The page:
Planning for Irish Unity needs to begin now – Adams

Writing in his weekly column in the Belfast Media Group and on his blogsite ( Gerry Adams TD expresses his confidence that there will be a referendum on Irish Unity and calls on the Irish government to open up the consultation needed to plan for Irish Unity.

 The Louth TD says:

·         The debate about the future, about a new Ireland and the demand for a referendum on Unity is growing.

·         demographic and political changes in northern society are also playing an important role in encouraging this debate.

·         … the 2011 census – which for the first time asked citizens about their political identity – revealed that less than half (48%) identified as British.

·         A report published in May – Sectarianism in Northern Ireland: A Review by Prof. Duncan Morrow examined the North’s changing demographics. It said: “There is a clear statistical trend towards a change in the religious minority-majority structure of Northern Ireland”.

·         In the 2017 Assembly election unionist parties lost their majority for the first time since partition.

·         In the European election the combined nationalist vote was greater than that of the unionist parties, and only one unionist MEP was elected.

·         In the local government elections the total number of Unionist Councillors elected (206), from all of the Unionist parties, was less than 50% of the total number of Councillors for the North.

·         a Red C exit poll on May 24th in the South indicated that 65% of voters would vote in favour of a United Ireland if a referendum was held the following day.

·         That same weekend Eileen Paisley said of partition; “perhaps that was a wrong division.” 

·         Writing in the Irish Times last Friday Alex Kane, a former director of communications for the Ulster Unionist party acknowledged that there will be a “border poll” and that “unionism needs to be ready for that eventuality.

 Gerry Adams writes that rhetoric from southern parties is not enough and he sets out some of the issues that need to be part of a debate:

 “Sinn Féin may be the most vocal United Ireland party but we are not the only one. Fianna Fáil, Fine Gael and the Irish Labour Party have dusted down their uniting Ireland positions. Some republicans may dismiss that as rhetoric from these parties. That misses the point. Of course it’s rhetoric. But it is also popular, so the Taoiseach and the Fianna Fáil leader will continue with it. Our task is to get them to move beyond the rhetoric. To follow the logic of their utterances. To move from platitudes to planning. Others too must be encouraged to engage in this necessary work if the questions that everyone is asking are to be answered.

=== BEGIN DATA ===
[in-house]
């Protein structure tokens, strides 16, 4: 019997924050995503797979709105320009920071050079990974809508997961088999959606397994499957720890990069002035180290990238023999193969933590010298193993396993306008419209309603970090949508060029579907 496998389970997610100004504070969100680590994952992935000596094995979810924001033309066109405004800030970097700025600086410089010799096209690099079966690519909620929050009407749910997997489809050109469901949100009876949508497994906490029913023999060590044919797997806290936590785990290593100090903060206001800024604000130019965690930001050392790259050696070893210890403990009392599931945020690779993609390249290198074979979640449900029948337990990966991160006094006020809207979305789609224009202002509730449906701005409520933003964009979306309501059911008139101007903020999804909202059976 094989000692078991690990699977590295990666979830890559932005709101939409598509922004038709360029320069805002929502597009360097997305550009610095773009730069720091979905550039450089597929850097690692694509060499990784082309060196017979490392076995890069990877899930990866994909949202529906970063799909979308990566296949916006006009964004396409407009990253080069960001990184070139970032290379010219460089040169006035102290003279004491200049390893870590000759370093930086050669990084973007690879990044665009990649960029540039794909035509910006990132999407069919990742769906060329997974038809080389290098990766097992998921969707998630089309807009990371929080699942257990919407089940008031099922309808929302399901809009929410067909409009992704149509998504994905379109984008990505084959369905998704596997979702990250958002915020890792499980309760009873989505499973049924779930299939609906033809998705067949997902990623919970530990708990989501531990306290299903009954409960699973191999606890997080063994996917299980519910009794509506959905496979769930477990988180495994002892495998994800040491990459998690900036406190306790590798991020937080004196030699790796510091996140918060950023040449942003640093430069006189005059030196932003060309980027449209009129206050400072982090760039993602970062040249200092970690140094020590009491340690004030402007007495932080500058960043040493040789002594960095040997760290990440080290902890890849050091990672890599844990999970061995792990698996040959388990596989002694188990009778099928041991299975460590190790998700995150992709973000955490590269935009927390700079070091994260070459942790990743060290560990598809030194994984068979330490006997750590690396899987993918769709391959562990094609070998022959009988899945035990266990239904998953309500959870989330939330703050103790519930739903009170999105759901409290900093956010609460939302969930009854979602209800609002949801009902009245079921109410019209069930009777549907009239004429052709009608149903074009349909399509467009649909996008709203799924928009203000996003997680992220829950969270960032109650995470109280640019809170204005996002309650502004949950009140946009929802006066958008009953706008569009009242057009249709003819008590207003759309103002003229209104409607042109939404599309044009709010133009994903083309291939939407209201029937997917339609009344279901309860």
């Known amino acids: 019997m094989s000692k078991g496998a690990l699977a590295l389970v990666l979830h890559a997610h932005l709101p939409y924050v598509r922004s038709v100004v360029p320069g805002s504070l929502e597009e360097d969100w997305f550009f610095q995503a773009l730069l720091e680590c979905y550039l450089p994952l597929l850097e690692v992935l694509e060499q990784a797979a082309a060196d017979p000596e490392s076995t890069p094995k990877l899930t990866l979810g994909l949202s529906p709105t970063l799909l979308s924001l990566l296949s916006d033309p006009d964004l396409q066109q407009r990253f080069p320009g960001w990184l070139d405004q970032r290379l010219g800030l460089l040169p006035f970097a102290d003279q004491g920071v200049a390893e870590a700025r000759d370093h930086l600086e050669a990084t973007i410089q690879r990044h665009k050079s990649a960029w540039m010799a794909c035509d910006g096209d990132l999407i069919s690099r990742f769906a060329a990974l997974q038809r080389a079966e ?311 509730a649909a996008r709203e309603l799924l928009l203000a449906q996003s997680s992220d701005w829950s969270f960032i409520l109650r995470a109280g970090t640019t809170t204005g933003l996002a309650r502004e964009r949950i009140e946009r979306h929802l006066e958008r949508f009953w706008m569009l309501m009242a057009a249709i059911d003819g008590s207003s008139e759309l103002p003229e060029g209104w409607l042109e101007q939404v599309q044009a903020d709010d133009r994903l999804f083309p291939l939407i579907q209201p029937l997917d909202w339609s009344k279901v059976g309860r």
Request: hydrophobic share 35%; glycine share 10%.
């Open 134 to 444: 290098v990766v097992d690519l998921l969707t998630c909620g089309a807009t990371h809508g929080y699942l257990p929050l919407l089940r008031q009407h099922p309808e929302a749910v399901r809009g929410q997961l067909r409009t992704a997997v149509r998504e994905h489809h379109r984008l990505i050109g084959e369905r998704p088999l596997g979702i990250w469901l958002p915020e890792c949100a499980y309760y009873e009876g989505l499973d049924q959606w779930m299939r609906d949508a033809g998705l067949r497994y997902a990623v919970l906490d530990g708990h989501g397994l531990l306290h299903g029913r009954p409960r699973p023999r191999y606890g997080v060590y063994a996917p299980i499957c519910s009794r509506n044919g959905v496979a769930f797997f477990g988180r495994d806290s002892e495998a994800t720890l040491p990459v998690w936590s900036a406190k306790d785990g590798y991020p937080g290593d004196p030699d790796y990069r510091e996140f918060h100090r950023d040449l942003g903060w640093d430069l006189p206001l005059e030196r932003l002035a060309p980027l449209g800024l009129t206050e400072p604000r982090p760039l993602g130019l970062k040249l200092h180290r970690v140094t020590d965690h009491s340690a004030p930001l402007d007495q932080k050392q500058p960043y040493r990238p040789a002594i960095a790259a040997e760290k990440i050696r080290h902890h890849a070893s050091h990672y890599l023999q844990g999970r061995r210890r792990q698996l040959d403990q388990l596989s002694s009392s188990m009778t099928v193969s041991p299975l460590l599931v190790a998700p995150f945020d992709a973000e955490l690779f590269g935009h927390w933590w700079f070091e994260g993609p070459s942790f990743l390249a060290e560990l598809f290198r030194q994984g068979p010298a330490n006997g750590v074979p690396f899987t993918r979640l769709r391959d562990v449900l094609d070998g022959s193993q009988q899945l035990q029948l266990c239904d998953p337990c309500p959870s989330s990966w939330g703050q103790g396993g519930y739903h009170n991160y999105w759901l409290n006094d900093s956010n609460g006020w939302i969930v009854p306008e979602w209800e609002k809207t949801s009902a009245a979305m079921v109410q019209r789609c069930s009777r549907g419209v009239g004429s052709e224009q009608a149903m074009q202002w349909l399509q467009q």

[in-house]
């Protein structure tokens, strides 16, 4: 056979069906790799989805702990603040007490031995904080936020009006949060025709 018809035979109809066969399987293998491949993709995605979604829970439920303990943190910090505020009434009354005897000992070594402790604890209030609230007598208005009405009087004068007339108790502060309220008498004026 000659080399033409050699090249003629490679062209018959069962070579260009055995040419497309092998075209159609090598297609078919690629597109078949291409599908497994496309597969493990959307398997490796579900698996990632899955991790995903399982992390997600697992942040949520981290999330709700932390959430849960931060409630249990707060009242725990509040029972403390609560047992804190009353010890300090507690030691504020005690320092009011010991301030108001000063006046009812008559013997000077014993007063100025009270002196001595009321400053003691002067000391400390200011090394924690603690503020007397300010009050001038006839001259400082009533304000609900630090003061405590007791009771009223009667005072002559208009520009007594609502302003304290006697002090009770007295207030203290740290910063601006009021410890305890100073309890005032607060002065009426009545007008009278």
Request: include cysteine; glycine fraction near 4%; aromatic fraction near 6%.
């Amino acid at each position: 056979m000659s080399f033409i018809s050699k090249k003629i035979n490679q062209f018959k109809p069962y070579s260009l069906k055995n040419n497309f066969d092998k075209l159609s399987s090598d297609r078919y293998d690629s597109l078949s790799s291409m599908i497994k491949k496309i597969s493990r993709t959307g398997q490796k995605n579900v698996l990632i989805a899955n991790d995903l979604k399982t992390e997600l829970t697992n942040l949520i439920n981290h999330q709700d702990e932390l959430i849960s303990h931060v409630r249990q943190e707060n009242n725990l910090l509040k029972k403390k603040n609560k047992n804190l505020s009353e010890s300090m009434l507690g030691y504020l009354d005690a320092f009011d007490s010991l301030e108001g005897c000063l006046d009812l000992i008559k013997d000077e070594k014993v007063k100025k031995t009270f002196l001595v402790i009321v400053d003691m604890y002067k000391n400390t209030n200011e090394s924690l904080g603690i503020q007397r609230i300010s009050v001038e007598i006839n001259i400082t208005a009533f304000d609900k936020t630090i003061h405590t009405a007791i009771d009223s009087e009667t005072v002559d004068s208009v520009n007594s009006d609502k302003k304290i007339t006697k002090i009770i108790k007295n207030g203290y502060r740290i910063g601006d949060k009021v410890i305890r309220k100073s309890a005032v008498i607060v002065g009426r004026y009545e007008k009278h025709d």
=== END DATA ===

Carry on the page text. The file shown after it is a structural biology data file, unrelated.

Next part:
Rhetoric is not enough. The Irish Government has a duty to plan for unity. There is a constitutional imperative on Dublin ‘to unite all the people who share the territory of the island of Ireland’. This cannot be accomplished without a plan. Uachtarán Shinn Féin, Mary Lou McDonald TD has called on the Irish Government to establish a Forum for Unity, to build for unity and plan for unity.

 The Irish government needs to open up consultations on how this might be done. 

·         It needs to consult – to ask what kind of united Ireland do we all want?

      ·        There needs to be a process of dialogue.

      ·         What shape should that dialogue take?

      ·         There needs to be a transition phase after a referendum which votes for unity.

      ·         What form and how long should that transition take?

“This needs to be planned now. Not after the referendum. That is the one big lesson of Brexit. A referendum without a plan is stupid. So, a referendum on unity must be set in a thoughtful inclusive process which sets out a programme of sustainable options. Including phases of transition.

“What accommodations are needed to persuade political unionism that a United Ireland can work for it? Key to this is the need for it to be an agreed shared Ireland. What happens to the political institutions established by the Good Friday Agreement?

“Winning support for a United Ireland is not just about persuading unionists although that is crucial. Everyone needs to be convinced of the advantages of unity – personal, economic, wages, health provision, environmental, cultural, peace, prosperity.

“There will be a referendum on Irish Unity. I am confident of this. Winning that referendum is the biggest single challenge facing United Irelanders.”